# Multinomial Coefficient

## Multinomial Coefficient Formula

Let k be integers denoted by `n_1, n_2,\ldots, n_k` such as `n_1+ n_2+\ldots + n_k = n` then the multinominial coefficient of `n_1,\ldots, n_k` is defined by:

\(\dbinom {n} {n_1, n_2,\ldots, n_k} =\dfrac {n!} {n_1! \, n_2! \,\ldots n_k!}\)

Example:

The multinomial coefficient of integers 2,3,5 is equal to (2 + 3 + 5 = 10):

\(\dbinom {10} {2, 3, 5} =\dfrac {10!} {2! \, 3! \, 5!} = 2520\)

## What is the multinomial coefficient used for?

**Calculation of polynomial coefficients**

They allow to calculate the coefficients of a polynomial raised to a power n.

Example: calculate the coefficient of\(x*y^2*z^3\) in the expansion of\((x + y + z) ^6\)

\(\text {coef} (x*y^2*z^3) =\dbinom {6} {1,2,3} =\dfrac {6!} {1! \, 2! \, 3!} = 60\),

We calculate all coefficients instead of expanding \((x + y) ^6\) which can be tedious !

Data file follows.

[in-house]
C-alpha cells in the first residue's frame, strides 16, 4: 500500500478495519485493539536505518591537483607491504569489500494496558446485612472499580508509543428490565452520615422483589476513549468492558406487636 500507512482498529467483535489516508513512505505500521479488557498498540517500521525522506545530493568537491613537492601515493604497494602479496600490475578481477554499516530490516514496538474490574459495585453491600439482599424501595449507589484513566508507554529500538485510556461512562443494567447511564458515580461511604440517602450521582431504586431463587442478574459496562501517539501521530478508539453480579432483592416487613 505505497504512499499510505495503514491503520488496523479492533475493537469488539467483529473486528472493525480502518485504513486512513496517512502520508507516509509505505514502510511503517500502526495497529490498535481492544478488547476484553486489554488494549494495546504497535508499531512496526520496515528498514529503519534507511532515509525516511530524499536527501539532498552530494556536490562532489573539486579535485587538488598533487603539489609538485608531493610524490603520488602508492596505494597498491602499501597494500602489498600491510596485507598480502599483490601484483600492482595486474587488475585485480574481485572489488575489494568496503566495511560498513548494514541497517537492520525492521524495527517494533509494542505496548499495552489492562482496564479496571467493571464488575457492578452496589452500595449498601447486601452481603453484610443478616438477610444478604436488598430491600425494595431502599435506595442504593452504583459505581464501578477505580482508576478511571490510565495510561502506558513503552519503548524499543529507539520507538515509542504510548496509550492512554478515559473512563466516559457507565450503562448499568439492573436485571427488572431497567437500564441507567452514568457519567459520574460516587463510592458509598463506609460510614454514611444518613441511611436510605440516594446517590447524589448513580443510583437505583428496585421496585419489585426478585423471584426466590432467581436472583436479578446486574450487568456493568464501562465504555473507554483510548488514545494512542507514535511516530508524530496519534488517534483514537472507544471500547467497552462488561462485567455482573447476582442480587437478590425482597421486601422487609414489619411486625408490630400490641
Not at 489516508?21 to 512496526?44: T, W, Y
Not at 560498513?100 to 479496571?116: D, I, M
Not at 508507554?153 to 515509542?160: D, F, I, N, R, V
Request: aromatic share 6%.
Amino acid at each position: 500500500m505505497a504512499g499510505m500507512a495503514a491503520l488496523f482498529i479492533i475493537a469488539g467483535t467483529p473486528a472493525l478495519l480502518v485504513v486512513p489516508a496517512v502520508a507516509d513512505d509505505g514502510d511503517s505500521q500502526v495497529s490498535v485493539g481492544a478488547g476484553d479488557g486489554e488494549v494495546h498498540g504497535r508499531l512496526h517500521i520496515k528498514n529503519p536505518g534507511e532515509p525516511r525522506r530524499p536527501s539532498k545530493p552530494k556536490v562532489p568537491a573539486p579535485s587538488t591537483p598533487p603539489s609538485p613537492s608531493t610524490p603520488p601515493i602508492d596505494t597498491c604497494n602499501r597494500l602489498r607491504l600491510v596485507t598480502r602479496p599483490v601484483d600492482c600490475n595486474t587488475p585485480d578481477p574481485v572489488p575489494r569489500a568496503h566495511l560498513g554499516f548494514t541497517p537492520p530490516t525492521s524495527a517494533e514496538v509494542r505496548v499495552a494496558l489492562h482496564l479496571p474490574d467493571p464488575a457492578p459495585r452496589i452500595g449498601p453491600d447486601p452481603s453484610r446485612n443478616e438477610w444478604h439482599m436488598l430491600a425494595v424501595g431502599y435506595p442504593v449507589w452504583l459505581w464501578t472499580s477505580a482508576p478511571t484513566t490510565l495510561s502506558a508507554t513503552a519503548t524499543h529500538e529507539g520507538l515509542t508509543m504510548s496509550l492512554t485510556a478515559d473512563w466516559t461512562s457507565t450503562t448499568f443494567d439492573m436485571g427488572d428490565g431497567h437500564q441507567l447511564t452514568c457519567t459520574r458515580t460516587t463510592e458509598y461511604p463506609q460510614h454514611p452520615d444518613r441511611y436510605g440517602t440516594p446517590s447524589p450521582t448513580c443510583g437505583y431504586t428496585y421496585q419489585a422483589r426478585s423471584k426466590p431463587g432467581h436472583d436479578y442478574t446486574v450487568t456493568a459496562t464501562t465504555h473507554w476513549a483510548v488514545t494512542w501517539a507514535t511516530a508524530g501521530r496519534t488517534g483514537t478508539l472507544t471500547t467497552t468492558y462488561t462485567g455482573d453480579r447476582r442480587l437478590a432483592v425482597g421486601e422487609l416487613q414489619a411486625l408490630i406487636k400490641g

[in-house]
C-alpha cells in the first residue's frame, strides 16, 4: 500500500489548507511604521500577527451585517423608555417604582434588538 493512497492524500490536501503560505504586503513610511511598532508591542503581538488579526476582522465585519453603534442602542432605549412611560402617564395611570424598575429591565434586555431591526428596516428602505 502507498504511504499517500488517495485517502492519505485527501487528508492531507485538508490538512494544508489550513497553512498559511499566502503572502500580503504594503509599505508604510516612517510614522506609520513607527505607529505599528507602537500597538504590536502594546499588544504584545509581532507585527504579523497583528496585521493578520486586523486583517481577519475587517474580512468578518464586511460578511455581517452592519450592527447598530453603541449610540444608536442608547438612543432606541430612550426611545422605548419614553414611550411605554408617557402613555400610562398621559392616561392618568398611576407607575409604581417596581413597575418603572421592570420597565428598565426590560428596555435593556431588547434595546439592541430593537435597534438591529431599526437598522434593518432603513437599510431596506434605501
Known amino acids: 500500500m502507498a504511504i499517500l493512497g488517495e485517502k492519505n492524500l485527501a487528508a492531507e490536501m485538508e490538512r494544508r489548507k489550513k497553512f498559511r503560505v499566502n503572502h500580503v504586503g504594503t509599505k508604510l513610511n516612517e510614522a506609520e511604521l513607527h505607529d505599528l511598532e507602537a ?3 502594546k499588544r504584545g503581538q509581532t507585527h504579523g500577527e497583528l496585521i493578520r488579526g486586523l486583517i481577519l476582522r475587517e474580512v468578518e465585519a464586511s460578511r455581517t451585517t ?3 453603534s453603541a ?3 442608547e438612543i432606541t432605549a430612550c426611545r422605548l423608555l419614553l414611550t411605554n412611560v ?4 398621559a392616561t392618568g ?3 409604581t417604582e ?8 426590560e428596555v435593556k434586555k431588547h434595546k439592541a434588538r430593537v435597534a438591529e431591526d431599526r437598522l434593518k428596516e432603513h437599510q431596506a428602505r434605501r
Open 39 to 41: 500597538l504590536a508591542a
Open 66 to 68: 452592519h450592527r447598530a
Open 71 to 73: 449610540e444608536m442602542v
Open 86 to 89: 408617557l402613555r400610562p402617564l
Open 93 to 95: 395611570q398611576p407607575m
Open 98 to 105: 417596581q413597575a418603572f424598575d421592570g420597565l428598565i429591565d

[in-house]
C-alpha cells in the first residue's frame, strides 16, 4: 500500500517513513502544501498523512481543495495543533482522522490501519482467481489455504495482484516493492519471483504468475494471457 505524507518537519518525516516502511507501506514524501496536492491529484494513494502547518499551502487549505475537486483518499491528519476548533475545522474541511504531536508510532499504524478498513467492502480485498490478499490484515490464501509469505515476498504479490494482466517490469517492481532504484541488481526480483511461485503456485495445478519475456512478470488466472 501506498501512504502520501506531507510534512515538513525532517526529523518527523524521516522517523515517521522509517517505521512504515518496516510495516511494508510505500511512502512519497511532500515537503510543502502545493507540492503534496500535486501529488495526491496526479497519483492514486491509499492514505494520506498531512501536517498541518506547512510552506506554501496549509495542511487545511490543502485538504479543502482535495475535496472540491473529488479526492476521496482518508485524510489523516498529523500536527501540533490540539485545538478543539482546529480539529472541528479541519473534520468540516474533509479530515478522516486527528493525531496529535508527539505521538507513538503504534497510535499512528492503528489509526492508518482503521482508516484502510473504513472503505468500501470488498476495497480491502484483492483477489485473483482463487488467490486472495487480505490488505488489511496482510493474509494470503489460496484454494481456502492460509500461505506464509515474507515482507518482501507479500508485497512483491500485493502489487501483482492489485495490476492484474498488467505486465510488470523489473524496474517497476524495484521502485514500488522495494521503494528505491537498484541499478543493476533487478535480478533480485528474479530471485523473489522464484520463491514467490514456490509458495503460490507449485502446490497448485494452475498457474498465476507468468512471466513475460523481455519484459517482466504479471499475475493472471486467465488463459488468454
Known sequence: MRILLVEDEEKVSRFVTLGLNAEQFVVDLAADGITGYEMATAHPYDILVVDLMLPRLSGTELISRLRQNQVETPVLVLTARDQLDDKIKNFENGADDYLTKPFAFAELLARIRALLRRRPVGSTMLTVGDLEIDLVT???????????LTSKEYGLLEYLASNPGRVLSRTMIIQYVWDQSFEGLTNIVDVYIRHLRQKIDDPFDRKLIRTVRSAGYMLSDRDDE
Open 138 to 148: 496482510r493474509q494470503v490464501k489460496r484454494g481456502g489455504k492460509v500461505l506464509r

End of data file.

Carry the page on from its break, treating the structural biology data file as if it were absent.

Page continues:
**Anagrams of a word**

The multinomial coefficients are used in some cases of 'permutation' where certain objects in the set to be rearranged are not differentiated.

Example: what is the number of anagrams of the word TUTU?

We notice that the letters T and U are repeated twice so we can't use the classic formula 4! = 24 because there are permutations that are identical.

To illustrate this, let's call 'temporarily' the first T: T(1) and the second T: T(2). Our starting word becomes T(1)UT(2)U. The simple formula 4! takes into account the 2 words T(1)UT(2)U and T(2)UT(1)U as being 2 distinct words which is not true.

In fact, there are \(\dbinom {4} {2,2} =\dfrac {4!}{2! \, 2!}= 6\) anagrams that are: TUTU, TTUU, UTUT, UUTT, UTTU, TUUT.

Similarly, the number of anagrams of the word MISSISSIPI can be calculated using the formula: \(\dbinom {10} {1,4,4,2} =\dfrac {10!}{1! \, 4! \, 4! \, 2!}= 34\, 650\)

## See also

Binomial coefficient

Permutation